Fall armyworm infestations continue to be rampant across Alabama. According to the most recent Alabama Extension Pest Monitoring Report, there were 585 moth numbers collected in 19 different trap locations. That is way more than the 114 recorded this time last year.
Fall armyworms are dark with a Y-shaped mark on their head and four spots at the tail end. They are a native species that overwinter in the Southeast.
There are various management practices in vegetable production systems that growers can implement. Producers can utilize systems-based or cultural control practices. These include monitoring armyworms using pheromone traps for catching moths and scouting for caterpillars.
It is also important to plant and harvest your crop in a timely fashion. Armyworms worsen on later crops because of their 30-day life cycle that can lead to four or five generations. Producers also need to conserve natural enemies. Don’t overspray with conventional or organic insecticides. Remove debris from the previous crop after harvest.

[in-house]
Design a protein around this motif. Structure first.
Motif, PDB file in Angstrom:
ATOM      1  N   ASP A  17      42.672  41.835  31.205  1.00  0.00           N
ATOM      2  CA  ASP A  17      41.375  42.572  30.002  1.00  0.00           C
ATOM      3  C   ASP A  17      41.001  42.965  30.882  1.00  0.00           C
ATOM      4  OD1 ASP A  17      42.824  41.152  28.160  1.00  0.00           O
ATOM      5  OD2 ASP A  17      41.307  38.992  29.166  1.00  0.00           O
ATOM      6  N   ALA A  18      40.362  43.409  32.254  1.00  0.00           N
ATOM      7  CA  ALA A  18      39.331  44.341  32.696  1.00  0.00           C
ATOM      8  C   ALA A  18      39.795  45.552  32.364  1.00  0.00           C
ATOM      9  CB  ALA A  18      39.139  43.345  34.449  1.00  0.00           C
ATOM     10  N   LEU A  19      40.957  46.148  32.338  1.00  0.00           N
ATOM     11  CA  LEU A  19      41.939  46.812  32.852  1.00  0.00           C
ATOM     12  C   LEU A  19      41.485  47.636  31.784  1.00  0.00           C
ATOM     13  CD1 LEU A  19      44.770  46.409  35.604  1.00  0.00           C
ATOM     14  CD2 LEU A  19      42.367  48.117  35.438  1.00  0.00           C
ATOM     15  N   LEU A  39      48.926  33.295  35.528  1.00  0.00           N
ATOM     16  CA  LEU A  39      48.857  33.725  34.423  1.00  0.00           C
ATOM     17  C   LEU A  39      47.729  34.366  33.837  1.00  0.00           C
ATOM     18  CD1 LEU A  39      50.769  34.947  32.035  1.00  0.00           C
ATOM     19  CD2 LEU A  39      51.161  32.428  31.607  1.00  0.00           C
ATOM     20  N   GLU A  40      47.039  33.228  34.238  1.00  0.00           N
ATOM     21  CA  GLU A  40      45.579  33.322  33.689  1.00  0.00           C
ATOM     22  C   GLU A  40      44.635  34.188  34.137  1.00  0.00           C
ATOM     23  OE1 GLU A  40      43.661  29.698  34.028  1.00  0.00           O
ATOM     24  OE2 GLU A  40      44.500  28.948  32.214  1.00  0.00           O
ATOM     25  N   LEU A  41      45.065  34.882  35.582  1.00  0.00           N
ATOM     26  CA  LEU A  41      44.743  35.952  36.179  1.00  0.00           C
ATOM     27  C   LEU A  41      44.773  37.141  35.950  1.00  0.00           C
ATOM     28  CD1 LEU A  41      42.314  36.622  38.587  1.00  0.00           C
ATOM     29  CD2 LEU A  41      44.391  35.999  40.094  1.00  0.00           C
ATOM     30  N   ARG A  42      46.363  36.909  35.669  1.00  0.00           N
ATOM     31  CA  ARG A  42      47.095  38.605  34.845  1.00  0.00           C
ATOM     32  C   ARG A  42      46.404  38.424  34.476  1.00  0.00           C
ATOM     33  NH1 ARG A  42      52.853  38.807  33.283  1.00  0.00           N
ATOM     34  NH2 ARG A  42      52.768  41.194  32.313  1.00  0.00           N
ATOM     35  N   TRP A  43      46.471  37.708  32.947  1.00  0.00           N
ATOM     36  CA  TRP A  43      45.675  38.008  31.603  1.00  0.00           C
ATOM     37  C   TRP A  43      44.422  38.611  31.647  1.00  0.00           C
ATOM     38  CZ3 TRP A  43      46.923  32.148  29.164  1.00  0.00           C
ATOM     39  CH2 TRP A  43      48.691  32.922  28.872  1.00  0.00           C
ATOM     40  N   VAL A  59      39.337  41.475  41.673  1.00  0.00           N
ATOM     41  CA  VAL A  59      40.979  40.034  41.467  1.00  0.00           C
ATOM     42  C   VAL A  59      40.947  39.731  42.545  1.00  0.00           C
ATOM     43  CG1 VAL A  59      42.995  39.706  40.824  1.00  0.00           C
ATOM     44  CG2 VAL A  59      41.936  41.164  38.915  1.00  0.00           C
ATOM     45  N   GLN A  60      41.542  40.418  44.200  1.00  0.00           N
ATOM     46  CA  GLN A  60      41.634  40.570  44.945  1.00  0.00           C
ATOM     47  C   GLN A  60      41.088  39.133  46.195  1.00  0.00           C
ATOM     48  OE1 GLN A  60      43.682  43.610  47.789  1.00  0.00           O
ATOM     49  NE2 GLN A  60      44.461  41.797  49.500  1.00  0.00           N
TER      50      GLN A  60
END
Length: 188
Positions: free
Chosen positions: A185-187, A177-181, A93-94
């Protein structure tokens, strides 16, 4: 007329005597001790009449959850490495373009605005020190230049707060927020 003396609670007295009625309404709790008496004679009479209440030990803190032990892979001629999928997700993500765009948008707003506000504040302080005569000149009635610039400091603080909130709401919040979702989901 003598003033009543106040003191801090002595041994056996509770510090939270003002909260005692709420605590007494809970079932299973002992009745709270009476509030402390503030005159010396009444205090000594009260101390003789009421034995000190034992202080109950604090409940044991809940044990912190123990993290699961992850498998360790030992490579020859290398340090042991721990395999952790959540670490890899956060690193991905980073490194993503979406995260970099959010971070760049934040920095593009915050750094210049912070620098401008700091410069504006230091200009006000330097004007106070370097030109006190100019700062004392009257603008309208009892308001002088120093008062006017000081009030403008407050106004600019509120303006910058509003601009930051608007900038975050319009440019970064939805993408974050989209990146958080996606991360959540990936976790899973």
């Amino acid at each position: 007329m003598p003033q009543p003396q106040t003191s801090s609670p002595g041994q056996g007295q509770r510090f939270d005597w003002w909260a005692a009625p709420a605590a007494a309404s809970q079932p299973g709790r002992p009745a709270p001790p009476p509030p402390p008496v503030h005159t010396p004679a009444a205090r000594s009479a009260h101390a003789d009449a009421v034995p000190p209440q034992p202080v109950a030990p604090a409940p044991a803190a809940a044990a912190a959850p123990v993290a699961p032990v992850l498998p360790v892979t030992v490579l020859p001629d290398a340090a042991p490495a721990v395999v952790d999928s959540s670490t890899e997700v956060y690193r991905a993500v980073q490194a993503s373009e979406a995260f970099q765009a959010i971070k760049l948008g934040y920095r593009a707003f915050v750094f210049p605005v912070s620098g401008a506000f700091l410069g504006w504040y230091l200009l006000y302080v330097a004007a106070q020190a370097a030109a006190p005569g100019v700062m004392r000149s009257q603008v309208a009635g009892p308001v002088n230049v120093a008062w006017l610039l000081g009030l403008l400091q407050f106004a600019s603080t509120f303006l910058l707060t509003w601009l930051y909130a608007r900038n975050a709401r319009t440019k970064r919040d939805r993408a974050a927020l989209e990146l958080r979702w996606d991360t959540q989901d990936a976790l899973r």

Growers can also implement pest exclusion systems. For a temporary exclusion system, use a light insect barrier immediately after transplanting or after seed germination to block moths. Remove the fabric after the threat is over and pollinators are needed. For a high tunnel pest exclusion system, use a 50% shade cloth with wide openings around high tunnels to block moths and reduce caterpillar numbers.
There are also biorational insecticides for organic farmers and synthetic insecticides for conventional farmers.